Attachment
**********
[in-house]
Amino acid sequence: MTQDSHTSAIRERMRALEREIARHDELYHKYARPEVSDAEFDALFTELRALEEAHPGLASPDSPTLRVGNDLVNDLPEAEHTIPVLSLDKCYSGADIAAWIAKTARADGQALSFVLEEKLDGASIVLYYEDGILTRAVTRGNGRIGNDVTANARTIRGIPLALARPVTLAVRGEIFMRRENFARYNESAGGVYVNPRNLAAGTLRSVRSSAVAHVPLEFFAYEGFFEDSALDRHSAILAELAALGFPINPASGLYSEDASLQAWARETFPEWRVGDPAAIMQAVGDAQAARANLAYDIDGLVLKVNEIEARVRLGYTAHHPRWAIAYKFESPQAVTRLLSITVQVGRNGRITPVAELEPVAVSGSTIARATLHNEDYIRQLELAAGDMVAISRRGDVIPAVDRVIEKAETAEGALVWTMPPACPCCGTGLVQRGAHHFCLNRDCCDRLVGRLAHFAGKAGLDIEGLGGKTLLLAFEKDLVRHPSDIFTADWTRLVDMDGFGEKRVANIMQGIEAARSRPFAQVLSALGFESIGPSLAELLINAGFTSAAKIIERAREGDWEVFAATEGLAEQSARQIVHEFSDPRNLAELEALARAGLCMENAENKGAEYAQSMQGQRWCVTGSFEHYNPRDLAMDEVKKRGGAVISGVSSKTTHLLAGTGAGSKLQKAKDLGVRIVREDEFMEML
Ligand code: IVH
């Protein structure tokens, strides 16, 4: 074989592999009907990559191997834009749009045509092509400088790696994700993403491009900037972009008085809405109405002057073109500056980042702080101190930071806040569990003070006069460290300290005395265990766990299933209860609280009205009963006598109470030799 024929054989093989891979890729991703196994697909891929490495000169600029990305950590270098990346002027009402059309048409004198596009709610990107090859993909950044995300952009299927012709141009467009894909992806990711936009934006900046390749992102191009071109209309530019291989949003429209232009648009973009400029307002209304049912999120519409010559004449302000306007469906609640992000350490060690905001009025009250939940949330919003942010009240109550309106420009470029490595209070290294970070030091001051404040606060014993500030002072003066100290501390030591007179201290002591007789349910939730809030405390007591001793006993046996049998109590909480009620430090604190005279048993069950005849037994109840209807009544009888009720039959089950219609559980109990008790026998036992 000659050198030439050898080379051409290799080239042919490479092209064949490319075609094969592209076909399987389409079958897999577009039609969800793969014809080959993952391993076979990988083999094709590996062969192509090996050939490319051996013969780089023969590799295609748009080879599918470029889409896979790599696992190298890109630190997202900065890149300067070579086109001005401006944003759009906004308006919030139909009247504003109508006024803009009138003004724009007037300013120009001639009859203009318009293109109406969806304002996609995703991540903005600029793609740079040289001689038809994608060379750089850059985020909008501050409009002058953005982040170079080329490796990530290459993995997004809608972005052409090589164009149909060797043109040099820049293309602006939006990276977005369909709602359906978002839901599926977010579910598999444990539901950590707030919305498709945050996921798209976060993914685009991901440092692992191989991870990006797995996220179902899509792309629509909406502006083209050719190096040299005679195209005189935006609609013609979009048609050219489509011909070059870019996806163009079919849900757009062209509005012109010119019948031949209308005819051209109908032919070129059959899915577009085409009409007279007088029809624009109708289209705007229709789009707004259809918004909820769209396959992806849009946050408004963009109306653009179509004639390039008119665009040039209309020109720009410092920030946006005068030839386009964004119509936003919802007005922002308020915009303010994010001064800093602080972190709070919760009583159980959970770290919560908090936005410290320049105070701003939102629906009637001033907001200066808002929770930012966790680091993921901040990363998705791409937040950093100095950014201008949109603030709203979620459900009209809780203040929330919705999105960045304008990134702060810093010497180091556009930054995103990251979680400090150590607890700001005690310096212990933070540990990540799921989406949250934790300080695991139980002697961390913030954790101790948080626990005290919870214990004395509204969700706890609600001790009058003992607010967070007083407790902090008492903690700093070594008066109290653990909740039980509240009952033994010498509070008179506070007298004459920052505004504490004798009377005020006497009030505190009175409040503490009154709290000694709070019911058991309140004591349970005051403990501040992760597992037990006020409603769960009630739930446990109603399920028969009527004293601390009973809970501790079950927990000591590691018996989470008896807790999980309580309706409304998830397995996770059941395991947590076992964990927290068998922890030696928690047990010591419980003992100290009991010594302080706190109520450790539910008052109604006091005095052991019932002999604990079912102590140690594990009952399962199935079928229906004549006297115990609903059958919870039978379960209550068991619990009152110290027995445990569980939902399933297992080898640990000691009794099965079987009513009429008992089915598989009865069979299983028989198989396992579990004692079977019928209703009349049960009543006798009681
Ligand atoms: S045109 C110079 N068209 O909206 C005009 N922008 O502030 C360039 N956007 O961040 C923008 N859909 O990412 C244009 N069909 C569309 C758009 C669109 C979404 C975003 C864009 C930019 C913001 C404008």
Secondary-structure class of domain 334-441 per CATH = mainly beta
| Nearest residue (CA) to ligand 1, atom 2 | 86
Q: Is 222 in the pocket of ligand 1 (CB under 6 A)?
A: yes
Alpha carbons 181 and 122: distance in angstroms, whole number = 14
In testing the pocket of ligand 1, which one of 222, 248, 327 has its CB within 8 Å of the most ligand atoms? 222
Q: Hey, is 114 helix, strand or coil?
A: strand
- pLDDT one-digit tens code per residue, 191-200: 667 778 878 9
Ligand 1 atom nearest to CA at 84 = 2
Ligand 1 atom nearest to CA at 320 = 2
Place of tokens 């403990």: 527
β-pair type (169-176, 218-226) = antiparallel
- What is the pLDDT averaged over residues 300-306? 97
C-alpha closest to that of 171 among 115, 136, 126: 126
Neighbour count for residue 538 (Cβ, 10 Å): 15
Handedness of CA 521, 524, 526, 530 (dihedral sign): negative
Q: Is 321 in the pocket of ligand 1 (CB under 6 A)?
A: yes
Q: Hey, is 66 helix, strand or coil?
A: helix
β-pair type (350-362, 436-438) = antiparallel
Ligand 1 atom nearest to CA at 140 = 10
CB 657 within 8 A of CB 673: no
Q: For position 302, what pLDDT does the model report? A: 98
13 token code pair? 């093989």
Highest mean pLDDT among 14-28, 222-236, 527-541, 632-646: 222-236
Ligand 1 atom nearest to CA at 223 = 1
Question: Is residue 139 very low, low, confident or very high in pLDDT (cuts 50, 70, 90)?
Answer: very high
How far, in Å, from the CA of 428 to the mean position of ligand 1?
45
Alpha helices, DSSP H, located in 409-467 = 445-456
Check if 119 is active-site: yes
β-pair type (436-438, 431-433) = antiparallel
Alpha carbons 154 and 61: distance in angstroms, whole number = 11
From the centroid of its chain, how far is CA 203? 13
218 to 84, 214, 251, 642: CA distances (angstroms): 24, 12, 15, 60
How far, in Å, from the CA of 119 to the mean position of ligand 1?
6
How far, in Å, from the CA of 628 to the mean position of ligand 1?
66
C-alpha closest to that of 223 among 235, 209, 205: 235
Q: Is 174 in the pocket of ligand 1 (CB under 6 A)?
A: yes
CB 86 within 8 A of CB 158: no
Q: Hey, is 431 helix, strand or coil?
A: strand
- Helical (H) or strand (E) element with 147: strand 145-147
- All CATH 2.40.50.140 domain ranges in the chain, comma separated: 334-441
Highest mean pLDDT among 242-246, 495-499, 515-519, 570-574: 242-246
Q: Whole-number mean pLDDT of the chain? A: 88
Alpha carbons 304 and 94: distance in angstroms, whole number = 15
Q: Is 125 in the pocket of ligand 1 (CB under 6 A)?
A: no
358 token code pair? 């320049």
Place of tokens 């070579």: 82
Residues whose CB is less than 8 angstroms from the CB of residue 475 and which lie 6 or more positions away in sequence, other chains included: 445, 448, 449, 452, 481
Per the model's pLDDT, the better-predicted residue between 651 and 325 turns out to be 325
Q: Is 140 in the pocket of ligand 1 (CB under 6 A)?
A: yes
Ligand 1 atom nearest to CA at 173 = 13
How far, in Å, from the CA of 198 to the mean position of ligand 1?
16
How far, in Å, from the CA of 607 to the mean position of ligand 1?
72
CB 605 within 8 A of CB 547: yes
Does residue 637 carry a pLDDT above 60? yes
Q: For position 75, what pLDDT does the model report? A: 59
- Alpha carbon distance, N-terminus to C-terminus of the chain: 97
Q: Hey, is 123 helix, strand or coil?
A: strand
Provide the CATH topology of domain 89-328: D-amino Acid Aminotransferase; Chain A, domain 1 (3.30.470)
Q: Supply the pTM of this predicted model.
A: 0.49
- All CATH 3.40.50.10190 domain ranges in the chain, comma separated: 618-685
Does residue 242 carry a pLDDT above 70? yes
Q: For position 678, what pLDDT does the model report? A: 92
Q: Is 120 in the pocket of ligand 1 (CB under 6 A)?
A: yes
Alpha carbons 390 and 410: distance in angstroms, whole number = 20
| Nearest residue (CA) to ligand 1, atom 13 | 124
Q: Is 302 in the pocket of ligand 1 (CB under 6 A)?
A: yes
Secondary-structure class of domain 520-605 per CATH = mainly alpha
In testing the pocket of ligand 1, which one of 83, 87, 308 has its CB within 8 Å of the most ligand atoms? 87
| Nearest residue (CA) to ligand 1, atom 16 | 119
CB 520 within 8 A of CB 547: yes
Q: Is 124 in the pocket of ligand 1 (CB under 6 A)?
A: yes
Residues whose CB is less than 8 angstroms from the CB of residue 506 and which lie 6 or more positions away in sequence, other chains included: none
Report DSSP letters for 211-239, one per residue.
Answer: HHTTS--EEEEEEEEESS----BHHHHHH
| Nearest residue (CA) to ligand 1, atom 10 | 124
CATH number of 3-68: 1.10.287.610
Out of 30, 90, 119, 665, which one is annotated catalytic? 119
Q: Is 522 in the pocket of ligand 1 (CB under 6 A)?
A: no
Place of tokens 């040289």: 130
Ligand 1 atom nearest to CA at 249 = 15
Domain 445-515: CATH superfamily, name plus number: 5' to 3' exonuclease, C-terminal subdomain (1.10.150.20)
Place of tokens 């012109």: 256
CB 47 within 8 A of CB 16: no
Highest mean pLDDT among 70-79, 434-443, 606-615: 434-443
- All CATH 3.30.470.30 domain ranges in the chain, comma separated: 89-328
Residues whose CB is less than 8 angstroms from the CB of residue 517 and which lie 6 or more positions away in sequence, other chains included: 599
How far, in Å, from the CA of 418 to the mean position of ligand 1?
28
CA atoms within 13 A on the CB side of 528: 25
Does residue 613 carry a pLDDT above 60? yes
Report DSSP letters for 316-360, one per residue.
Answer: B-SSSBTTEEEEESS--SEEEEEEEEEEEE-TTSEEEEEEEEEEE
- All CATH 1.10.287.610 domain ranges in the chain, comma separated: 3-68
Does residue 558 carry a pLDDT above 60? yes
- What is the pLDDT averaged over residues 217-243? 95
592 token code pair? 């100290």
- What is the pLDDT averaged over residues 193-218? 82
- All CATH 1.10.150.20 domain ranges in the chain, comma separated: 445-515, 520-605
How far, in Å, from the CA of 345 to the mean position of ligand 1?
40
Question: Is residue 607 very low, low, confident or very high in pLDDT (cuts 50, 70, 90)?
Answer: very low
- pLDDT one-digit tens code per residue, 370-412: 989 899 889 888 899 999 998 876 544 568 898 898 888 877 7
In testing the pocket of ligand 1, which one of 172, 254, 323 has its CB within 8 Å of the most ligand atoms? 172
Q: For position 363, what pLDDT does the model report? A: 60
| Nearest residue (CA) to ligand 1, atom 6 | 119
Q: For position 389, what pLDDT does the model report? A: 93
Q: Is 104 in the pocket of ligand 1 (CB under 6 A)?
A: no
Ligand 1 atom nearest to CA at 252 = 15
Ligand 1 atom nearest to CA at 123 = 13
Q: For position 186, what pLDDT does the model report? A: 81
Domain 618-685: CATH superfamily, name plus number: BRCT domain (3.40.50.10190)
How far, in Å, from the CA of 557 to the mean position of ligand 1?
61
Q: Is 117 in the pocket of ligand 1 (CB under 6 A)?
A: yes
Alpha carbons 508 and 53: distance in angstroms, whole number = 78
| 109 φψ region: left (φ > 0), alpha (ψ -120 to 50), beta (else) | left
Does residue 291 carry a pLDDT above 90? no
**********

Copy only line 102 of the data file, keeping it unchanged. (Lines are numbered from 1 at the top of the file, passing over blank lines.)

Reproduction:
Q: Is 522 in the pocket of ligand 1 (CB under 6 A)?